The world of robotics, when exploring the oceans, adapt their shapes to resemble marine animals. That already happened a few years ago with the “robotic jellyfish,” and since then, much progress has been made in the sector.
The fact is that the issue does not begin and end with jellyfish; it is also working with other animals. Now, Harvard University researchers have developed fish-inspired robots that can synchronize their movements like a real school of fish, without any external control.
Each robotic fish, known as a Bluebot, is equipped with two cameras and three LEDs. The built-in fisheye cameras detect the LEDs on neighboring Bluebots and use a custom algorithm to determine their distance and direction. Based on the simple generation and detection of LED light, the researchers have shown that the Blueswarm could exhibit complex self-organized behaviors, including aggregation, dispersion, and circle formation.
They swim using fins instead of propellers, which improves their efficiency and maneuverability compared to standard underwater drones, and they manage to communicate with each other by radio transmitting their GPS positions to decide how to move and not go off the bank. The 3D-printed robots are about 4 inches long, and their design was inspired in part by fish native to the coral reefs of the Indo-Pacific.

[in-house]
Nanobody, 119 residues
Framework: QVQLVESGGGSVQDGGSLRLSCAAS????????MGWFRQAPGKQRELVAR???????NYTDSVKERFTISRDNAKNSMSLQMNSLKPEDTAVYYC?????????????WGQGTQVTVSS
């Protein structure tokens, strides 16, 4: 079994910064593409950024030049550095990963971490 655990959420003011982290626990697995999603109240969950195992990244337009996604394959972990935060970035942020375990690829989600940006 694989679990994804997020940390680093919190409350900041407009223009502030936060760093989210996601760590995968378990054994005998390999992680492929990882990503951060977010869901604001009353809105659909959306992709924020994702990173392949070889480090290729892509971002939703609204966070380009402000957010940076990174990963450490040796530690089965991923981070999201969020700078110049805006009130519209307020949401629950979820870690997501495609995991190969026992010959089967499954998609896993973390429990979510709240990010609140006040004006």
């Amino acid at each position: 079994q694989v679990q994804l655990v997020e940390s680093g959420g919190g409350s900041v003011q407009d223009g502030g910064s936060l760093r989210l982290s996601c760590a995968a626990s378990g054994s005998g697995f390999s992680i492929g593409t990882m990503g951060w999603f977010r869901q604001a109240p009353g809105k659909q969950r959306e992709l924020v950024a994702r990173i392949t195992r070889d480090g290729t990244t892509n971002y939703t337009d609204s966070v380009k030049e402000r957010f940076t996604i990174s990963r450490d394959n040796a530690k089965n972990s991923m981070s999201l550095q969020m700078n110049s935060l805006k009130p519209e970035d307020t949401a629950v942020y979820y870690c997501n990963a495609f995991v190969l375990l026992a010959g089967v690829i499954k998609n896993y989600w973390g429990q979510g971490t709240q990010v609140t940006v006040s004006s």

“Robots are often deployed in areas that are inaccessible or dangerous to humans, areas where human intervention might not even be possible,” said Florian Berlinger, a Ph.D. Candidate at SEAS and Wyss and first author of the paper. “In these situations, it really benefits you to have a highly autonomous robot swarm that is self-sufficient. By using implicit rules and 3D visual perception, we were able to create a system that has a high degree of autonomy and flexibility underwater where things like GPS and WiFi are not accessible.”
Researchers also sent the Bluebots on a simple search mission. To do this, they positioned a red light in the tank and spread out Bluebots across the tank until one comes close enough to the light source to detect it. Once the robot detects the light, its LEDs begin to flash, which triggers the aggregation algorithm that attracted all the Bluebots so that they would gather in the swarm around the target.
“Our results with Blueswarm represent a significant milestone in the investigation of underwater self-organized collective behaviors,” said Radhika Nagpal, the Fred Kavli Professor of Computer Science at SEAS. “Insights from this research will help us develop future miniature underwater swarms that can perform environmental monitoring and search in visually-rich but fragile environments like coral reefs. This research also paves a way to better understand fish schools by synthetically recreating their behavior.”
The Bluebot robots can be used to conduct biological studies on fish swimming, as well as help learn more about collective intelligence in nature.